With a runtime of just on three hours this movie is certainly long, but it also packs so much into it that it never feels dragged out. In fact there are so many locations here that you will always be in awe of what the filmmakers have created with some of the most epic battles, in this case the battle at Helm's Deep, ever put to celluloid (well, until Return of the King a year later). The actors have settled into their roles and indeed their characters now have a purpose for their journeys. There are also some new characters introduced to the storyline including the brilliant Grima Wormtongue, while the film in general seems to have a bit more spit and polish to it - especially when it comes to the visual effects. We also have to say that the comedy too is particularly impressive - with much of it centering on Gimli's stature. Classic stuff.

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Battles in The Two Towers are absolutely epic!
Again this Blu-Ray release is only the Theatrical version, and not the Extended Edition which appeared on DVD a few years ago. This version of the film runs for 179 minutes while the Extended Edition runs for an additional 44 minutes with a runtime of 223 minutes. The extra scenes include extra time in the marshes, Gandalf tells Aragorn that Sauron is afraid of him, Merry and Pippin getting swallowed by the tree, and extended funeral scene, Éowyn offering Aragorn some foul brew and he discusses his age, a flashback scene were Boromir and Faramir took back Osgiliath back from the orcs, and plenty of other smaller extensions and edits. Again, the extended edition is certainly our preferred version, but the Theatricals are solid too.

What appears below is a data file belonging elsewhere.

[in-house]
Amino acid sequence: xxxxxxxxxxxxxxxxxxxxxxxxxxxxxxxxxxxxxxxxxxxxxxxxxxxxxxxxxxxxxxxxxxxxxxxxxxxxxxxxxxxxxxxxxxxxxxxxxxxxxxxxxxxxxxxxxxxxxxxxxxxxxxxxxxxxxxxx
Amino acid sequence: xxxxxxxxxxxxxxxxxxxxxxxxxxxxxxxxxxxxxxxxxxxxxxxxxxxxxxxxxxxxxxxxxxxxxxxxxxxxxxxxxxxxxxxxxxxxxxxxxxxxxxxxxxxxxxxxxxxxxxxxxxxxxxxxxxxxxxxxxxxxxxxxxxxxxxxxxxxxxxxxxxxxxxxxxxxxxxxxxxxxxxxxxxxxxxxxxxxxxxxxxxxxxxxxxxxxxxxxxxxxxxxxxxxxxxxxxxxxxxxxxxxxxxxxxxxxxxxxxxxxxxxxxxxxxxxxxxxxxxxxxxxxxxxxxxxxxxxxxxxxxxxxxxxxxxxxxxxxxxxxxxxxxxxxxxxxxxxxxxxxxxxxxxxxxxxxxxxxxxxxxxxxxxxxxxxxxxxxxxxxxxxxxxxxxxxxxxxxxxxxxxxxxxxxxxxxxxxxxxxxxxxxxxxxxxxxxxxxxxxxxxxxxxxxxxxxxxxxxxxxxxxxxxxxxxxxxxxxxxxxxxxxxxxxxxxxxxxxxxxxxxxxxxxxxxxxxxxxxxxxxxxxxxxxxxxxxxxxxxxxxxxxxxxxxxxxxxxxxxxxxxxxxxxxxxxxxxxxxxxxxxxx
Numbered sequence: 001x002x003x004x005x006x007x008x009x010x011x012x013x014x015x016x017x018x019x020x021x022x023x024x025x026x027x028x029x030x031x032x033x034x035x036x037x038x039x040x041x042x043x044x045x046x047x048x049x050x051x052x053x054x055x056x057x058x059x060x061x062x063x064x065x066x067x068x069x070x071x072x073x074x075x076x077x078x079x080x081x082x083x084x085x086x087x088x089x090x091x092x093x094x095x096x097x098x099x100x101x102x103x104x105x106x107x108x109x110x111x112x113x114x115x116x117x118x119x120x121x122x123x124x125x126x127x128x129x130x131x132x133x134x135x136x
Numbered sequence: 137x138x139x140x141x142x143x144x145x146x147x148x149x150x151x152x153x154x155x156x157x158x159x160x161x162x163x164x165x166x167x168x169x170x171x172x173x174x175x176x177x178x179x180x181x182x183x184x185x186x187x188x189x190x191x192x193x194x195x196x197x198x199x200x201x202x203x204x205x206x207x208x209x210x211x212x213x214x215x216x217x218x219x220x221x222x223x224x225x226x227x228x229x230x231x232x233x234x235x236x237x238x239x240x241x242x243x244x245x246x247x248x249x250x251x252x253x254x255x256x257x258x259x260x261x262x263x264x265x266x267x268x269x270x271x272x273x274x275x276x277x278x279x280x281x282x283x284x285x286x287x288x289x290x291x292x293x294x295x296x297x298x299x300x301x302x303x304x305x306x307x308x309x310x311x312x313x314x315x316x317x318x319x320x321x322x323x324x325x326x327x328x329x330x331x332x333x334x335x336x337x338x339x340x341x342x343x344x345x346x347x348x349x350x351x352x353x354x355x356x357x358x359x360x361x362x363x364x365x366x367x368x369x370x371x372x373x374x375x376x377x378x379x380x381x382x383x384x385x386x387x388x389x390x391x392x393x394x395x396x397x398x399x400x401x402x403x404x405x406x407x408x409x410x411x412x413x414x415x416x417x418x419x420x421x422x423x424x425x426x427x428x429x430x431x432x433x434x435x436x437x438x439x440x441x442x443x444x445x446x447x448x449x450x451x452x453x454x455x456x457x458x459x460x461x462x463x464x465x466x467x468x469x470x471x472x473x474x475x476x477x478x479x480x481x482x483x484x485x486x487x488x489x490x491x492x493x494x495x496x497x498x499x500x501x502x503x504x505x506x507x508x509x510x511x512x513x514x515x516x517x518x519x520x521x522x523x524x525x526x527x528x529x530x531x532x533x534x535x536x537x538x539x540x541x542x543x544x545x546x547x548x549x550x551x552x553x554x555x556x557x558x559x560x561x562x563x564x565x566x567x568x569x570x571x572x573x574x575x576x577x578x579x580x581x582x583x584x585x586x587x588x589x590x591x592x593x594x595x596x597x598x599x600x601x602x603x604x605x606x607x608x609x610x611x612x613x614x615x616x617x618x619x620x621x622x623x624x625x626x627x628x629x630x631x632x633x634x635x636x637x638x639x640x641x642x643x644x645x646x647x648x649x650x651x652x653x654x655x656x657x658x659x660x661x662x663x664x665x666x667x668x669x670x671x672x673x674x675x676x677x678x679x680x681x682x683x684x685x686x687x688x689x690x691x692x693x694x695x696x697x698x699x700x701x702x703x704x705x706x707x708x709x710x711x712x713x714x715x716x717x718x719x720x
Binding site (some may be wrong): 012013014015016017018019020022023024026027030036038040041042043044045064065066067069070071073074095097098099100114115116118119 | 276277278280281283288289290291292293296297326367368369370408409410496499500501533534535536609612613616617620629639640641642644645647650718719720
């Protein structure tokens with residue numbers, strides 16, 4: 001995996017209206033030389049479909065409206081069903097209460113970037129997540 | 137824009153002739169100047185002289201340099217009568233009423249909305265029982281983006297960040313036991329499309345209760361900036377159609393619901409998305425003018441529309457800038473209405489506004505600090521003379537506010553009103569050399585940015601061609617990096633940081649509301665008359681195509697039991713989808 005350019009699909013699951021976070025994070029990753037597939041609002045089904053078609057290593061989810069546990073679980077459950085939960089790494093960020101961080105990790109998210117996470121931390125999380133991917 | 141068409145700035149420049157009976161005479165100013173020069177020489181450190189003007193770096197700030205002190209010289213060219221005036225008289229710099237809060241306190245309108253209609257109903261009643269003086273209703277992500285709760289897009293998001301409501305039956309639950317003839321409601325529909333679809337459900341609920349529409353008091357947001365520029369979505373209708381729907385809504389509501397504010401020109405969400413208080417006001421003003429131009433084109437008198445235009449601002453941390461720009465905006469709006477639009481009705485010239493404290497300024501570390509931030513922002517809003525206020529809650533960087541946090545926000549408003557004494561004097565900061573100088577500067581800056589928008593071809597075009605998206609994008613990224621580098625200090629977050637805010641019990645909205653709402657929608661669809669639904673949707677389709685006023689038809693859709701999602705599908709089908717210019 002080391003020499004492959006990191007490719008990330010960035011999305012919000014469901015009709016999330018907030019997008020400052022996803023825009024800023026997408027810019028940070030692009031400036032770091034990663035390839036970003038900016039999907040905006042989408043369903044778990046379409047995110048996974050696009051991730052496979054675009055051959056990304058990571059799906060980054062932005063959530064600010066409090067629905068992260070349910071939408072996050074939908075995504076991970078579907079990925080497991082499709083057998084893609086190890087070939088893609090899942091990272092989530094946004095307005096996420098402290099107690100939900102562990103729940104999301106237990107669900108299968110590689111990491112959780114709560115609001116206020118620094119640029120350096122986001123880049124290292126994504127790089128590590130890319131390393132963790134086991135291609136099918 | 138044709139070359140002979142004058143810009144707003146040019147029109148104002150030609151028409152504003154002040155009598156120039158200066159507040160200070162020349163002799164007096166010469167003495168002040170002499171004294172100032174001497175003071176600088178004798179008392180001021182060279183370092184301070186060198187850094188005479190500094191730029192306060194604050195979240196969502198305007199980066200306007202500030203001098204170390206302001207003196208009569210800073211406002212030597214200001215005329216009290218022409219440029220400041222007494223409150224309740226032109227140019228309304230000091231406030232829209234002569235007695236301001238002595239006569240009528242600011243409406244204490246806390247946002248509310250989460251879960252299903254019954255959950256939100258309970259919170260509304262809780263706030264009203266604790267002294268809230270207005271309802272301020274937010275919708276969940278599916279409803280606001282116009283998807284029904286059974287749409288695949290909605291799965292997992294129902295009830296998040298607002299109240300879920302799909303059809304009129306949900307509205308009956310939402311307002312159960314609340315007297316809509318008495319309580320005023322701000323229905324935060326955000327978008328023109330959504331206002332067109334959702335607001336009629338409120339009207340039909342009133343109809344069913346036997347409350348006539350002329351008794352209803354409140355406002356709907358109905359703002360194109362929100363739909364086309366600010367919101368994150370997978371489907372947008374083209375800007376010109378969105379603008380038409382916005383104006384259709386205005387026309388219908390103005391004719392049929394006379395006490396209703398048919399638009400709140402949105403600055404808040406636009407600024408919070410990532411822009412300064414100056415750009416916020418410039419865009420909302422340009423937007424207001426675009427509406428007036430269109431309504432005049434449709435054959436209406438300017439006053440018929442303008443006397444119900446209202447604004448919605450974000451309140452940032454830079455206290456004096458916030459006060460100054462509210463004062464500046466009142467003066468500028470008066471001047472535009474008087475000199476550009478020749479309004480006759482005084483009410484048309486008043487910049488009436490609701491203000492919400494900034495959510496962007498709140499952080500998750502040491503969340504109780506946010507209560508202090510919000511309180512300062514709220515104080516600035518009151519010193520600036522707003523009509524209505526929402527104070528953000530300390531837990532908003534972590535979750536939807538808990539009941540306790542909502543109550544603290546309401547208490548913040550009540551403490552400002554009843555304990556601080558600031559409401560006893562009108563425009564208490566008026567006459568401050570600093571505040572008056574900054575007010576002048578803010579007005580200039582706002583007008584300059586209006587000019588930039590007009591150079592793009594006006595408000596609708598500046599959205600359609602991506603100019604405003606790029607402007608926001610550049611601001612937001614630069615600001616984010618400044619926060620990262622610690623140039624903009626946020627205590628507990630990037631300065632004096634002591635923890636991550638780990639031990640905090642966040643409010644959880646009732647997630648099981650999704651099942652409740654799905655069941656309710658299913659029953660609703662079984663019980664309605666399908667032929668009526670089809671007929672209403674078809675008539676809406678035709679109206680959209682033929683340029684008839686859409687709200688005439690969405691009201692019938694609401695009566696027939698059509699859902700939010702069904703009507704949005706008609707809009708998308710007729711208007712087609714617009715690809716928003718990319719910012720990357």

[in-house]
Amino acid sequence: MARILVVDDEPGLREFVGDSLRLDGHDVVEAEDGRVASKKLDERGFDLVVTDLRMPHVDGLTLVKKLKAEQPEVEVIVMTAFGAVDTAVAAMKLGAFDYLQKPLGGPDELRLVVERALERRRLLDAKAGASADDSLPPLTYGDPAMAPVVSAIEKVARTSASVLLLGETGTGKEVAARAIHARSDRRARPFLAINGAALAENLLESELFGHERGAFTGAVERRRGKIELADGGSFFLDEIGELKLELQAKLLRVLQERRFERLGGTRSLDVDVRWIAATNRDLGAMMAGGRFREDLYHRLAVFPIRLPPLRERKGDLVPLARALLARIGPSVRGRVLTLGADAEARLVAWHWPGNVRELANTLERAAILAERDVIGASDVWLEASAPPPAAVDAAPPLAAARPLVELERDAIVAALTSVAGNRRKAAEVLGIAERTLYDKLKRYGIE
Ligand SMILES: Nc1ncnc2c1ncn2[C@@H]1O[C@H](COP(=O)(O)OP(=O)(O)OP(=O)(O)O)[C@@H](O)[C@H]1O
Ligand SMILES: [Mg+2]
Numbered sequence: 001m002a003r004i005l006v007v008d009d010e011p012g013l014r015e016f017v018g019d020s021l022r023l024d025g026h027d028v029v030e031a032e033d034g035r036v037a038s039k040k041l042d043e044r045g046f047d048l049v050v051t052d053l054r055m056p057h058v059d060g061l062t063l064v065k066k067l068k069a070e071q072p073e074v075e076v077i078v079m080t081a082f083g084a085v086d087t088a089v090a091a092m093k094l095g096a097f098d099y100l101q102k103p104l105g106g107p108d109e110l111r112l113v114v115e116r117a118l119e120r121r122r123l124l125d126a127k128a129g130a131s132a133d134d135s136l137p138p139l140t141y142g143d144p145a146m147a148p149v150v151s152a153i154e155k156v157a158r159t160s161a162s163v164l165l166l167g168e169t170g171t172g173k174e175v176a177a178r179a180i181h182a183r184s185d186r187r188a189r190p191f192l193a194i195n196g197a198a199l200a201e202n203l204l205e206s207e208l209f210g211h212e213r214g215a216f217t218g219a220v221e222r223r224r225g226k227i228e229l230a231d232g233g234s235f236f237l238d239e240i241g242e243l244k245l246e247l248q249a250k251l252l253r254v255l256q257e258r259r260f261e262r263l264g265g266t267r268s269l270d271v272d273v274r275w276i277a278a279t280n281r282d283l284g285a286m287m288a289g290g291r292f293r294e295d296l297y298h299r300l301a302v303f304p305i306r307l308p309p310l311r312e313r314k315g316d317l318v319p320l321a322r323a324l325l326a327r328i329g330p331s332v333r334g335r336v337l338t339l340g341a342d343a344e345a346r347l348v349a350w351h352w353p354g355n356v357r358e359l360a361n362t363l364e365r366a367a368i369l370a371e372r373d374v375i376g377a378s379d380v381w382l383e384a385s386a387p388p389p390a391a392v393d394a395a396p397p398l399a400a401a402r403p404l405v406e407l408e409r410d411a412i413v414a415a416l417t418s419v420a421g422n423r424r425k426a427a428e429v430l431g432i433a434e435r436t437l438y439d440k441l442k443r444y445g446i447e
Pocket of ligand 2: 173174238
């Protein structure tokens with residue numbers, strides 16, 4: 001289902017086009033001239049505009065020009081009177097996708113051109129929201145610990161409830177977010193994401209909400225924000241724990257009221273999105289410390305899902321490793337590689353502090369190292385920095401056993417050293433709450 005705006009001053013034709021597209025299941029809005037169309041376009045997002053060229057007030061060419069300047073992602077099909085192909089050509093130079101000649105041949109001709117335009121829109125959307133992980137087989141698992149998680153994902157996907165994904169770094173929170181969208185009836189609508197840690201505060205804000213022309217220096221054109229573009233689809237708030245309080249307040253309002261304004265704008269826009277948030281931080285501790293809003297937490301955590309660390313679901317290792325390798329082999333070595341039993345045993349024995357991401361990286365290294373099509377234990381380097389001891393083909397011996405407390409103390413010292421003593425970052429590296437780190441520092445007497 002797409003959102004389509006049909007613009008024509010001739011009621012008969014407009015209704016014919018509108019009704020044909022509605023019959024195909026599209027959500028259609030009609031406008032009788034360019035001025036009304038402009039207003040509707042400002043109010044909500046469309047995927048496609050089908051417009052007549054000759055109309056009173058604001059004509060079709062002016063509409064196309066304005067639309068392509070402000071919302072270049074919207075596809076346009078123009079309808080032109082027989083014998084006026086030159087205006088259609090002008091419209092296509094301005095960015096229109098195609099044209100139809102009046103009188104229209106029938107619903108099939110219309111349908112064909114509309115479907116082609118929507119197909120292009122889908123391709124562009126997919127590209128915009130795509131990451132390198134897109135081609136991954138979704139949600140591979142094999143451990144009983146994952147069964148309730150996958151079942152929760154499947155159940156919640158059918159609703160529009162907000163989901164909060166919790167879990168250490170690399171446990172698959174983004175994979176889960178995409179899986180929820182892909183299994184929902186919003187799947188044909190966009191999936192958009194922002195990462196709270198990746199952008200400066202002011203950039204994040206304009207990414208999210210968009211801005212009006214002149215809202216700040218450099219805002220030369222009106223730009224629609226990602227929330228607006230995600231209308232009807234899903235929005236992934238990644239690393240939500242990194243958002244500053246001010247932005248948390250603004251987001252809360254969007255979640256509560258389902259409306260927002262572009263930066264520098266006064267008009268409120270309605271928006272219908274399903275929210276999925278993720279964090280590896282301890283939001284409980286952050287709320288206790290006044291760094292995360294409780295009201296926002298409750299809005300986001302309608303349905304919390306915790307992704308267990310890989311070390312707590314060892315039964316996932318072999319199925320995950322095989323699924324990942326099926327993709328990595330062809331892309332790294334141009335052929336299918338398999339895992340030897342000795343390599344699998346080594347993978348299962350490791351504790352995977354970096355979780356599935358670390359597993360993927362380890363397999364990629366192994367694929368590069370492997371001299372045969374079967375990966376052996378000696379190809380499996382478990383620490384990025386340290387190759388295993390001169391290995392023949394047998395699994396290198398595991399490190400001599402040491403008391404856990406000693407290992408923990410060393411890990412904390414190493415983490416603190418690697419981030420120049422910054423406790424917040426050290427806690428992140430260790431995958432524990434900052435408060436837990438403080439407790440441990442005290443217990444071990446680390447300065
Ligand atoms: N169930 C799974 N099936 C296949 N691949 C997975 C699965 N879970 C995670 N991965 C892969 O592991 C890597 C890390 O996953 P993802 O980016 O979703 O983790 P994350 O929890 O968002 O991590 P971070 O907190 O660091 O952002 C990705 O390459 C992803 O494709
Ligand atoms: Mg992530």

The Lord of the Rings: The Two Towers is a great movie in its own right, although we find it to be the weakest of the trilogy overall. Still, you're not going to leave this second movie out of the collection now are you?